An abuser who doesn’t demonstrate genuine repentance should be treated as an unbeliever. For a digest of articles on why an abuser can’t be a Christian, see here. Rather than apply the step-by-step process of Matthew 18:15-17, it is more appropriate to carry out church discipline along the lines of 1 Corinthians 5 (see here).
It’s not okay for pastors to take a neutral stance vis a vis perpetrator and victim. Neutrality is not neutral. Neutrality effectively means you become an ally of the abuser because if you take the view that both parties are contributing to the marriage problem, then you’re effectively saying “It’s not abuse” — which serves the agenda of the abuser. When responding to domestic abuse, the proper feeling is outrage, and the only righteous stance is to fully support the victim, while holding the perpetrator accountable.
Because abusers are great at feigning repentance and enlisting allies among clergy, an abuser’s supposed repentance should be cautiously evaluated and stress-tested over time, just as Joseph tested his brothers’ repentance before reconciling with them. Repentance is not mere words, it should be demonstrated in changed attitudes and behavior over time. Good behavior and attitudes can be faked (for a season) without having a real heart change. See this Checklist for Repentance which can help evaluate an abuser’s repentance.
Church leaders should always check with the victim to know how she sees her abuser’s demonstrations of reformation, and whether she thinks he is really reforming or just feigning it. This principle of checking with the survivor’s perspective has been followed for years by best-practice secular programs which run behavior change groups for abusers. Clergy who are assessing an abuser’s repentance need to follow the same protocol: they should respectfully seek to check in with the survivor of the abuse (the partner or former partner of the perpetrator) at all stages, including and especially post-separation, because the abuse often escalates post-separation and the abuser may use new tactics that are even more secretive and intimidating to his partner, while masquerading as a “reformed new man” in the church.
Liberty, but not license
The principles outlined here don’t open the floodgates to all divorce. Allowing divorce for abuse, on the principle of constructive desertion under 1 Corinthians 7:15 is not the same as allowing divorce for any disaffection. Because abuse is defined as a pattern of conduct designed to obtain and maintain power and control over the other, my teaching cannot be misconstrued to allow divorce for the catch-all excuse of “incompatibility”, or for the occasional instances in non-abusive marriages where one spouse shows a lack of consideration for the other spouse.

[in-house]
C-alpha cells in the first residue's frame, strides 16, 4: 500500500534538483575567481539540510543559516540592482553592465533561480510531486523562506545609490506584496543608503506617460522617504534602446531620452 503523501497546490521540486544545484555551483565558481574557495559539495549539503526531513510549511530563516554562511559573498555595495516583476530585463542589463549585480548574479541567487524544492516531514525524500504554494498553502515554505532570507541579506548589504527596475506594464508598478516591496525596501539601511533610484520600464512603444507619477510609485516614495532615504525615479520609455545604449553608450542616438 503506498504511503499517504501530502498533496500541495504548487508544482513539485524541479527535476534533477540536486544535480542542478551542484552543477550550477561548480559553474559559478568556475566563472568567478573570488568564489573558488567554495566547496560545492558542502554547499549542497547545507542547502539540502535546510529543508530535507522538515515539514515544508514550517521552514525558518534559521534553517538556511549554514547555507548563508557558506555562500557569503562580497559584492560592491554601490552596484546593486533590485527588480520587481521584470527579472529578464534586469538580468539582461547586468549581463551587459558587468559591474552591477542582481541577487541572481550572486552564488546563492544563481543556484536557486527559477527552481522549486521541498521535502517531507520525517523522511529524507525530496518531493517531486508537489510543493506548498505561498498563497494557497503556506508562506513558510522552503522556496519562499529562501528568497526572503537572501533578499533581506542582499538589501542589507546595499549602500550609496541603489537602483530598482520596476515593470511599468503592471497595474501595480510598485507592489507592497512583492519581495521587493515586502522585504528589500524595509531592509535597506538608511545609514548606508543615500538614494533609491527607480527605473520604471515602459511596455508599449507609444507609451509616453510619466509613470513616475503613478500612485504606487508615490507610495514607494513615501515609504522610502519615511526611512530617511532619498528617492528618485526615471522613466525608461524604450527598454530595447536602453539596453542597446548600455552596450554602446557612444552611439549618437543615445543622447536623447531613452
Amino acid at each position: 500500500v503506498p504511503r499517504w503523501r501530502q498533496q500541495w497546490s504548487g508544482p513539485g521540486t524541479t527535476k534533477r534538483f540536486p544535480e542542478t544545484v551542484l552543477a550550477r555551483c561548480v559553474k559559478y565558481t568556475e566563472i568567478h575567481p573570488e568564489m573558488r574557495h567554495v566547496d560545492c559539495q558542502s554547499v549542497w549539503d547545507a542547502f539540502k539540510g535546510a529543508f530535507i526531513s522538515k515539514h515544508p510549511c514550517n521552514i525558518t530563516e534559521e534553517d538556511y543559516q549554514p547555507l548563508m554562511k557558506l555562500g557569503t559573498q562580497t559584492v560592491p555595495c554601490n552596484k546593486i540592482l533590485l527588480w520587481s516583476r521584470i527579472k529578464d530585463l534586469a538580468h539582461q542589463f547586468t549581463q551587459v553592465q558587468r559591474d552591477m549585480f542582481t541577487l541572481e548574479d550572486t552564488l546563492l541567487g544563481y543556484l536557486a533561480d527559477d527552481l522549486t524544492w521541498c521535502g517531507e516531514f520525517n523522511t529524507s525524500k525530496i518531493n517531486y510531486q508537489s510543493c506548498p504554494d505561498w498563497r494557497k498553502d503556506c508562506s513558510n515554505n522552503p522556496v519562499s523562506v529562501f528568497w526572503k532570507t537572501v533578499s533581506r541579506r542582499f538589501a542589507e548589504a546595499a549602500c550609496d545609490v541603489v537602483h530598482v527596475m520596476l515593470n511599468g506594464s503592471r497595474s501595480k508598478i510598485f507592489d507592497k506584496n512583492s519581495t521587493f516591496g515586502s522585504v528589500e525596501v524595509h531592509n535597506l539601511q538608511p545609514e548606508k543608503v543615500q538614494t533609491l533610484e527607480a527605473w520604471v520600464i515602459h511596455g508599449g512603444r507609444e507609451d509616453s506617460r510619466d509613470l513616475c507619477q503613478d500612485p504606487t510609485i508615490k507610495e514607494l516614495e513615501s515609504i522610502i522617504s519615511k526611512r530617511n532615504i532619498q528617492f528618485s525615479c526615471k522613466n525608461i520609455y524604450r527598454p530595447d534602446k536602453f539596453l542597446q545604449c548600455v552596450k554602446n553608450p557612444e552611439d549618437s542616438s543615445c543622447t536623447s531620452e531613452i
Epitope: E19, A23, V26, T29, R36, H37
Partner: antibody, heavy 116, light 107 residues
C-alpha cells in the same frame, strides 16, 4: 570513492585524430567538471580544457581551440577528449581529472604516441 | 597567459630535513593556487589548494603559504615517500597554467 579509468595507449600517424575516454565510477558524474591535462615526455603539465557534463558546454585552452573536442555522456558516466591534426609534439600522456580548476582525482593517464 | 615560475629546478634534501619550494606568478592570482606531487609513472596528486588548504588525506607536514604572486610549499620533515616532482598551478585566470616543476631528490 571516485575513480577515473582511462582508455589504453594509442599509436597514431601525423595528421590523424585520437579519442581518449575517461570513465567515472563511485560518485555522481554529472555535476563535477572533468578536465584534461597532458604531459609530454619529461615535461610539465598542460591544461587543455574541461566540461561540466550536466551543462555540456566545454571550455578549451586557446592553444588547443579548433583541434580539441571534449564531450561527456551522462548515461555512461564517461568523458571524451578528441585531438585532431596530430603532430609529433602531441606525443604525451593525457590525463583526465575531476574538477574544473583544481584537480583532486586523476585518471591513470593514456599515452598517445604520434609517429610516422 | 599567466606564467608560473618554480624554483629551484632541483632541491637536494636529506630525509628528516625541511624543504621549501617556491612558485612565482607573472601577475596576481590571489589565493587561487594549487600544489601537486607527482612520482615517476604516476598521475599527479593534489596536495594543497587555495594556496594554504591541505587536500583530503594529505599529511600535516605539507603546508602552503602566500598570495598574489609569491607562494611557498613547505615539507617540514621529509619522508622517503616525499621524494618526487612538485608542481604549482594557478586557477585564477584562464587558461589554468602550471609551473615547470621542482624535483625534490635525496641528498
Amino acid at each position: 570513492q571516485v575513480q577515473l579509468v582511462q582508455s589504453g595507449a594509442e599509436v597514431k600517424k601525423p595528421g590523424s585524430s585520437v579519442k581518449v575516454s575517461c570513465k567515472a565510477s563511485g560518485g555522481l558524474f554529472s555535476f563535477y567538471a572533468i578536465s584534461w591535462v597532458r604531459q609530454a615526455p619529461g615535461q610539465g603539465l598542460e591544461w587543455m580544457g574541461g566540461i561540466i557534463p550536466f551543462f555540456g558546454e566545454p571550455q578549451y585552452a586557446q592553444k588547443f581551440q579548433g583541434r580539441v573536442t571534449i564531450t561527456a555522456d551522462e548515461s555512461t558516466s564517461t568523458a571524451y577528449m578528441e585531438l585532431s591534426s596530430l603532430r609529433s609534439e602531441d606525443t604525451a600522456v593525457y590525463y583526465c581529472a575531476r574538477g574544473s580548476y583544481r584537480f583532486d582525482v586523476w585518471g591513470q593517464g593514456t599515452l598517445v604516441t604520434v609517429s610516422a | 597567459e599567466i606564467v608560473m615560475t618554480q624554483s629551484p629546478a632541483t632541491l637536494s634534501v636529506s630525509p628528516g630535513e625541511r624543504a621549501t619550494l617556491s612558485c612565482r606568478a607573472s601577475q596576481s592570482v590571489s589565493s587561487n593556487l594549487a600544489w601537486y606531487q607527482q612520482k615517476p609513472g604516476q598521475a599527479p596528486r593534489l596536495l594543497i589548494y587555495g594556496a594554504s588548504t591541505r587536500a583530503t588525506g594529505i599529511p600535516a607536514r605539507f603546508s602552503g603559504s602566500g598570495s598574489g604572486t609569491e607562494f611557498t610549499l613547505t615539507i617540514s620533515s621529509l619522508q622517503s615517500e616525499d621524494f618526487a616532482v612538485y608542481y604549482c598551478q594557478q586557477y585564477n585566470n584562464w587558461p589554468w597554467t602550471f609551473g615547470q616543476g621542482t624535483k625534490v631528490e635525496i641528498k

¹ In some cases of spousal abuse, the man is the victim; but for wisdom in assessing the claims of a man who says he is a victim of domestic abuse, please read these two links:
- Marks of a pretend victim versus a true victim
- Assessing men who present as victims of family violence but who may actually be the primary aggressor — a PDF of the Powerpoint presentation that went with a professional training session by Nathan DeGuara, Victims Support Agency, Department of Justice, Victoria, Australia, at a conference run by No To Violence in 2012.
[April 1, 2022: Editors’ notes:
—For some comments made prior to April 1, 2022 that quoted from the post, the text in the comment that was quoted from the post might no longer be an exact match.
—For some comments made prior to April 1, 2022 that quoted from the post, the text in the comment that was quoted from the post might no longer be found in the post.
If you would like to compare the text in the comments made prior to April 1, 2022 that quoted from the post to the post as it is now (April 1, 2022), click here [Internet Archive link] for the most recent Internet Archive copy of the post.]
For Further Reading
What about divorce? — one of the FAQ pages at this blog
A post by Barbara Roberts having the same title as this one was first published at restoredrelationships.org [restoredrelationships.org is now restored-uk.org Editors.]
In January 2016 that post at Restored Relationships was updated by Barb.
The link is The Bible does allow divorce for domestic abuse [This link has been updated to reflect the new website for restoredrelationships.org, restored-uk.org Editors.]
The text in that link is somewhat different from the text above, but the overall message is the same.